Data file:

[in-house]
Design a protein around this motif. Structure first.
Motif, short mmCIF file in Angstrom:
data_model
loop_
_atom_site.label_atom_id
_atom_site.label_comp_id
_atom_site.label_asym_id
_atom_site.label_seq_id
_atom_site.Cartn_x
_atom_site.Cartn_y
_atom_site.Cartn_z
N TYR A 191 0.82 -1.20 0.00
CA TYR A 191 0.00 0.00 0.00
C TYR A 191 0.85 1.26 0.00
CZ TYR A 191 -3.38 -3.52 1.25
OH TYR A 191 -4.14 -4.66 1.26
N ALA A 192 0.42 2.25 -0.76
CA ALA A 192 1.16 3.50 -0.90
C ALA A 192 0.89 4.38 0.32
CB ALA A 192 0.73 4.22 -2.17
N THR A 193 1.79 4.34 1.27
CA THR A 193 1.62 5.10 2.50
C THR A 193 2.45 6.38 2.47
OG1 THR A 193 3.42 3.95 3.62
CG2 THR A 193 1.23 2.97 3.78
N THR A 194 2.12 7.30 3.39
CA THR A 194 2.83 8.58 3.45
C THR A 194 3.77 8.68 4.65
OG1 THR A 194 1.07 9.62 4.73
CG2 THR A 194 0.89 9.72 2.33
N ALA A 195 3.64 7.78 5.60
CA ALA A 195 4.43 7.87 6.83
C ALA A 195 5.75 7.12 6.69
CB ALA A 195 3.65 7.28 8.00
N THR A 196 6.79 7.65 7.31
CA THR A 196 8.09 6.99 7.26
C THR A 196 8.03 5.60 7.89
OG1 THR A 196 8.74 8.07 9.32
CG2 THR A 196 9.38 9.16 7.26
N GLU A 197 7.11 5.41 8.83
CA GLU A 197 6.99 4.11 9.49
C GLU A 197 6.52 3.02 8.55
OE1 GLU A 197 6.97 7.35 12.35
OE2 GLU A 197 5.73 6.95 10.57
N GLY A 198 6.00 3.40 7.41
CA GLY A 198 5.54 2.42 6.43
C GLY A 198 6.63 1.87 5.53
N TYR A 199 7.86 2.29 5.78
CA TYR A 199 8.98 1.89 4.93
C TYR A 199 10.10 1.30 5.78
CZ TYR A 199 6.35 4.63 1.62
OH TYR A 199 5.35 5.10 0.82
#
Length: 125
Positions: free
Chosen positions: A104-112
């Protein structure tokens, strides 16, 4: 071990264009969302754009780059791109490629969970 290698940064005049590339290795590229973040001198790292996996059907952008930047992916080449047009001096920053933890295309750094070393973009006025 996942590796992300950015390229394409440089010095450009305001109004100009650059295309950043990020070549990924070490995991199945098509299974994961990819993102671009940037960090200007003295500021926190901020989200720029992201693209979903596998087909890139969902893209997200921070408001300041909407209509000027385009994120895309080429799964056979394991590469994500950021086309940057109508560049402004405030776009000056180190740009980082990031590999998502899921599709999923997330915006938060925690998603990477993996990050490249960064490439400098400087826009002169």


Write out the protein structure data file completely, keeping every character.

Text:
[in-house]
Design a protein around this motif. Structure first.
Motif, short mmCIF file in Angstrom:
data_model
loop_
_atom_site.label_atom_id
_atom_site.label_comp_id
_atom_site.label_asym_id
_atom_site.label_seq_id
_atom_site.Cartn_x
_atom_site.Cartn_y
_atom_site.Cartn_z
N TYR A 191 0.82 -1.20 0.00
CA TYR A 191 0.00 0.00 0.00
C TYR A 191 0.85 1.26 0.00
CZ TYR A 191 -3.38 -3.52 1.25
OH TYR A 191 -4.14 -4.66 1.26
N ALA A 192 0.42 2.25 -0.76
CA ALA A 192 1.16 3.50 -0.90
C ALA A 192 0.89 4.38 0.32
CB ALA A 192 0.73 4.22 -2.17
N THR A 193 1.79 4.34 1.27
CA THR A 193 1.62 5.10 2.50
C THR A 193 2.45 6.38 2.47
OG1 THR A 193 3.42 3.95 3.62
CG2 THR A 193 1.23 2.97 3.78
N THR A 194 2.12 7.30 3.39
CA THR A 194 2.83 8.58 3.45
C THR A 194 3.77 8.68 4.65
OG1 THR A 194 1.07 9.62 4.73
CG2 THR A 194 0.89 9.72 2.33
N ALA A 195 3.64 7.78 5.60
CA ALA A 195 4.43 7.87 6.83
C ALA A 195 5.75 7.12 6.69
CB ALA A 195 3.65 7.28 8.00
N THR A 196 6.79 7.65 7.31
CA THR A 196 8.09 6.99 7.26
C THR A 196 8.03 5.60 7.89
OG1 THR A 196 8.74 8.07 9.32
CG2 THR A 196 9.38 9.16 7.26
N GLU A 197 7.11 5.41 8.83
CA GLU A 197 6.99 4.11 9.49
C GLU A 197 6.52 3.02 8.55
OE1 GLU A 197 6.97 7.35 12.35
OE2 GLU A 197 5.73 6.95 10.57
N GLY A 198 6.00 3.40 7.41
CA GLY A 198 5.54 2.42 6.43
C GLY A 198 6.63 1.87 5.53
N TYR A 199 7.86 2.29 5.78
CA TYR A 199 8.98 1.89 4.93
C TYR A 199 10.10 1.30 5.78
CZ TYR A 199 6.35 4.63 1.62
OH TYR A 199 5.35 5.10 0.82
#
Length: 125
Positions: free
Chosen positions: A104-112
């Protein structure tokens, strides 16, 4: 071990264009969302754009780059791109490629969970 290698940064005049590339290795590229973040001198790292996996059907952008930047992916080449047009001096920053933890295309750094070393973009006025 996942590796992300950015390229394409440089010095450009305001109004100009650059295309950043990020070549990924070490995991199945098509299974994961990819993102671009940037960090200007003295500021926190901020989200720029992201693209979903596998087909890139969902893209997200921070408001300041909407209509000027385009994120895309080429799964056979394991590469994500950021086309940057109508560049402004405030776009000056180190740009980082990031590999998502899921599709999923997330915006938060925690998603990477993996990050490249960064490439400098400087826009002169």